Art of the Prank, the feature documentary film about the life and work of artist Joey Skaggs, produced and directed by Andrea Marini and co-produced by Judy Drosd, is nearing completion. Filmed in New York, London, Hawaii, Los Angeles, Kentucky & Tennessee, the movie, a story of true will and determination, follows Joey as he attempts to pull off the most challenging media hoax of his career.
The plan is to submit the film to film festivals around the world and to begin showing it widely. We’re open to all forms of distribution so please share any ideas you have with us. You are very important to the success of this film. The more that our friends and colleagues spread the word, the more opportunities we’ll have to grow an audience. We’d love to have as many people see the film as possible.
There will be more news soon about some exciting screenings this Fall.
No longer at the margins of the art world, practitioners combining art and comedy are now attracting critical buzz and institutional recognition.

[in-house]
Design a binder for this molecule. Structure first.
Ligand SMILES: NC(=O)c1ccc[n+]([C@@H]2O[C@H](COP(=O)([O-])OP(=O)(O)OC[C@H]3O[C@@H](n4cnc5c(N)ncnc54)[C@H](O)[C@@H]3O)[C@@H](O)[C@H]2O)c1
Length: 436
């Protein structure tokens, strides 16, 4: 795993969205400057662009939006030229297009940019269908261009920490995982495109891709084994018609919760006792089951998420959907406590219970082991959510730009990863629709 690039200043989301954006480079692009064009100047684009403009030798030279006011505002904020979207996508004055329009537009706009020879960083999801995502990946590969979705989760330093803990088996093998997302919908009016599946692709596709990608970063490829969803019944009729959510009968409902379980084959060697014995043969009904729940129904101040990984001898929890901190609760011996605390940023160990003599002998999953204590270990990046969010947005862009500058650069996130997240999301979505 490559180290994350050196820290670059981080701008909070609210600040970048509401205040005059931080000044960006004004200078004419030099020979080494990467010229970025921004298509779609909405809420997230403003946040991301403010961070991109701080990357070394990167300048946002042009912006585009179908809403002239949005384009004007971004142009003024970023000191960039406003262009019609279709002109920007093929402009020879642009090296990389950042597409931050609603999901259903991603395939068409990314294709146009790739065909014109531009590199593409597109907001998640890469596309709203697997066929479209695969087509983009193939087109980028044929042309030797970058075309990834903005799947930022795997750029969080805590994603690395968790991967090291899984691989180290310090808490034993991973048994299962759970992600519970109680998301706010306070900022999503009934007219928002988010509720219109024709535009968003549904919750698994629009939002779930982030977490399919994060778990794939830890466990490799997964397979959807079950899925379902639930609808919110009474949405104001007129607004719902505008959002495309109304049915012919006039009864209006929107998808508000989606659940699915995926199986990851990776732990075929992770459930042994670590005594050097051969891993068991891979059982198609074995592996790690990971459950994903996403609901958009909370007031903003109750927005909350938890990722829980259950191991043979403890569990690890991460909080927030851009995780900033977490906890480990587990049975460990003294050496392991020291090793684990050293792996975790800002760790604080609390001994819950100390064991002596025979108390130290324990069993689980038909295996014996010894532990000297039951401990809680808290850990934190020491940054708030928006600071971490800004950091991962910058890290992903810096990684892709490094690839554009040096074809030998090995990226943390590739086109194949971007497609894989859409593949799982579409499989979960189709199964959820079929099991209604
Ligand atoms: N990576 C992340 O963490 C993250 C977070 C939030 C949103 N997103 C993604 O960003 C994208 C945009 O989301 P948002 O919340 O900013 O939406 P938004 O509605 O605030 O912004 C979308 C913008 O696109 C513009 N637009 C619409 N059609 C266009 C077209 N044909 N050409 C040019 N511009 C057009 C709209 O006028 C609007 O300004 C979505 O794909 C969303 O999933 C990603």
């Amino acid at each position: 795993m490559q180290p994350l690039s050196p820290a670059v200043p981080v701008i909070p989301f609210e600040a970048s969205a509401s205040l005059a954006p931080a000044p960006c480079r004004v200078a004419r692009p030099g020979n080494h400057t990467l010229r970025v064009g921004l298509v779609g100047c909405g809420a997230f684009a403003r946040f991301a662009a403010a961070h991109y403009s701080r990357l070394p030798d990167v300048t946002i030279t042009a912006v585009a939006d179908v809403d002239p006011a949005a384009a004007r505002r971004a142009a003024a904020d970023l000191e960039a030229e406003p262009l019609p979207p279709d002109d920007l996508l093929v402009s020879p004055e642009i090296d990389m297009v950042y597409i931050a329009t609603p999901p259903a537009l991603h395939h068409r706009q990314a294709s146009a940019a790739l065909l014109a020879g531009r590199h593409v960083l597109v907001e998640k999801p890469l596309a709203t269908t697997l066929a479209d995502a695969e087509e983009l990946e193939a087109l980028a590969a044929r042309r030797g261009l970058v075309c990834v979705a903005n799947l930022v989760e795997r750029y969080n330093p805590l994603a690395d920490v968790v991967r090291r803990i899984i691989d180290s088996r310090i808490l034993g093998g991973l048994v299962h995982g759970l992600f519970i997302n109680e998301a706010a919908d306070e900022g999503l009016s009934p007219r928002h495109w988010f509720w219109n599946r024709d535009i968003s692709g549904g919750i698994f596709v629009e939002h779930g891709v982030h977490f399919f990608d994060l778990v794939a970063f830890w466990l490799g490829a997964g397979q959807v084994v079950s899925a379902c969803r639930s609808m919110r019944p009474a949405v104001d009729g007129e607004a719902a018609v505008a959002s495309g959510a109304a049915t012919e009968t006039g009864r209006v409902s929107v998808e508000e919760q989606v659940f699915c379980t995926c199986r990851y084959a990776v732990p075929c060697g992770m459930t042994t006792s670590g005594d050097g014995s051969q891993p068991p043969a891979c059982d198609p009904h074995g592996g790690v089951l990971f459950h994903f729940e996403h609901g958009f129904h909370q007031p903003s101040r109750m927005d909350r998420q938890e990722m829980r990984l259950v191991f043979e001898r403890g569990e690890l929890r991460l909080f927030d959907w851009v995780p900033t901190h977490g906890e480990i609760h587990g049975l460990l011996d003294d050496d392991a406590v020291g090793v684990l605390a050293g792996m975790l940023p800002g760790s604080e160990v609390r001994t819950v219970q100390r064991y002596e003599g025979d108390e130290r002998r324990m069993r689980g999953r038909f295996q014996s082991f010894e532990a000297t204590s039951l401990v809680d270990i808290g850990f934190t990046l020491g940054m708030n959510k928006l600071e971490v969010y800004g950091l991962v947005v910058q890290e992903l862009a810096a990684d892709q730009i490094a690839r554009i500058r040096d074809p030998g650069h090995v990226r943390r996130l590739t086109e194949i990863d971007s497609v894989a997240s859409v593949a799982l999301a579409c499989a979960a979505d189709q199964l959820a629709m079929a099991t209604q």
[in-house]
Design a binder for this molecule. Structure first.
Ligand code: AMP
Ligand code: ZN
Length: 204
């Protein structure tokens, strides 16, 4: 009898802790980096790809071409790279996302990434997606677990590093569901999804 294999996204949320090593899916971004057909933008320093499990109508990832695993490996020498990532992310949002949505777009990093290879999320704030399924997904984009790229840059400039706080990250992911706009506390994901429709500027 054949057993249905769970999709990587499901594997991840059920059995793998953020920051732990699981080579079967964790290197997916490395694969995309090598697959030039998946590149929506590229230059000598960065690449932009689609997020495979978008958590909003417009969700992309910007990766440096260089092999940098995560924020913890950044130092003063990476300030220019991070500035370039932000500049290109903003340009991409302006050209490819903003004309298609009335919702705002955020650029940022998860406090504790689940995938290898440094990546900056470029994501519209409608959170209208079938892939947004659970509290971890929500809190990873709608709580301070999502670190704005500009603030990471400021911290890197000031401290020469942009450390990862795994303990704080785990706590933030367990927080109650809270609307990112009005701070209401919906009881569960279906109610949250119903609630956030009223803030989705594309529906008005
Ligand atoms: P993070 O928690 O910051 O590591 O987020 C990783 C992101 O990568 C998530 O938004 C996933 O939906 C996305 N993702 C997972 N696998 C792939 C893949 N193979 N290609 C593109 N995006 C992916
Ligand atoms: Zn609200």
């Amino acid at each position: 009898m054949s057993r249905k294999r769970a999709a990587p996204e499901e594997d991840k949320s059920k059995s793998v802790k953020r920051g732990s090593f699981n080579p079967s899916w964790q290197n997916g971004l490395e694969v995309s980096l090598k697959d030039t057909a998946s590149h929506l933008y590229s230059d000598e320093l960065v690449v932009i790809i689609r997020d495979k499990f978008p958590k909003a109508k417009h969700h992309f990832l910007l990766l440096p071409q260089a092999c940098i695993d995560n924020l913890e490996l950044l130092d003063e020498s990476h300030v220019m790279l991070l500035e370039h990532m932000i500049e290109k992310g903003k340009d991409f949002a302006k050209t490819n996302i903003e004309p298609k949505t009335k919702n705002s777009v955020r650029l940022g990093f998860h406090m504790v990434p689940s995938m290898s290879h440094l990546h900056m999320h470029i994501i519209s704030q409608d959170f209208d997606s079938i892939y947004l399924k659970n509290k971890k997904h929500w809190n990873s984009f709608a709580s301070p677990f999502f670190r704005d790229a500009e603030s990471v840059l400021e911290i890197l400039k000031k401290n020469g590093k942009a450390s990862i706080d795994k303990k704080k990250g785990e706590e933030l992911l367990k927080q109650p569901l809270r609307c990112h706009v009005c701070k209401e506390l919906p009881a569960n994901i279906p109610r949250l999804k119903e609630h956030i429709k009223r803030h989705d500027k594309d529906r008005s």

“Tonight I have cooked up—let me use your language—‘curated’ a show tonight,” the artist Jibz Cameron joked in the opening monologue of “Good Morning Good Evening Feelings,” her one-woman motivational variety show at the Kitchen last April. Cameron, performing as her spandex-clad, rubber-faced alter ego Dynasty Handbag, wore pancake makeup and an ill-fitting fluorescent pink satin waistcoat over a flesh-colored unitard. “I hope no one was thinking they were gonna see art,” she goaded the audience. “Are there art people here?” The ensuing lighting-fast hour included a lesson in how to make a smoothie out of immaterial fears and anxieties, an incoherent karaoke rendition of Madonna’s “Vogue,” and an interview with Womanhood (personified by a British-accented cartoon crotch in white panties.)